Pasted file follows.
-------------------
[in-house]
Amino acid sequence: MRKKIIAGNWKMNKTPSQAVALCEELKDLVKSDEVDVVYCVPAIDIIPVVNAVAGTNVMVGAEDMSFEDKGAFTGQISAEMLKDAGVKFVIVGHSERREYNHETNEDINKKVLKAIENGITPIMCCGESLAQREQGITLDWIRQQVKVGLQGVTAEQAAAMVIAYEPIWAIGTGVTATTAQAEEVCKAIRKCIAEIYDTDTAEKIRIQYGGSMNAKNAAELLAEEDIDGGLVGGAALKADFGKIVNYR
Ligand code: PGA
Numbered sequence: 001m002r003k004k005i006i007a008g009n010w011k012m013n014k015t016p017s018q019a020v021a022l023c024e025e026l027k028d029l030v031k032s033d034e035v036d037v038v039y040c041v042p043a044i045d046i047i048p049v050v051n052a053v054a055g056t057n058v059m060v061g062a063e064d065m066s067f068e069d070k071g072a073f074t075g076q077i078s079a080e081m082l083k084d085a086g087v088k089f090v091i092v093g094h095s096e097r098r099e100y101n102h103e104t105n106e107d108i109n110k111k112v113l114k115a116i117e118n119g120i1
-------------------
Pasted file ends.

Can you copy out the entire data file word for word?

[in-house]
Amino acid sequence: MRKKIIAGNWKMNKTPSQAVALCEELKDLVKSDEVDVVYCVPAIDIIPVVNAVAGTNVMVGAEDMSFEDKGAFTGQISAEMLKDAGVKFVIVGHSERREYNHETNEDINKKVLKAIENGITPIMCCGESLAQREQGITLDWIRQQVKVGLQGVTAEQAAAMVIAYEPIWAIGTGVTATTAQAEEVCKAIRKCIAEIYDTDTAEKIRIQYGGSMNAKNAAELLAEEDIDGGLVGGAALKADFGKIVNYR
Ligand code: PGA
Numbered sequence: 001m002r003k004k005i006i007a008g009n010w011k012m013n014k015t016p017s018q019a020v021a022l023c024e025e026l027k028d029l030v031k032s033d034e035v036d037v038v039y040c041v042p043a044i045d046i047i048p049v050v051n052a053v054a055g056t057n058v059m060v061g062a063e064d065m066s067f068e069d070k071g072a073f074t075g076q077i078s079a080e081m082l083k084d085a086g087v088k089f090v091i092v093g094h095s096e097r098r099e100y101n102h103e104t105n106e107d108i109n110k111k112v113l114k115a116i117e118n119g120i1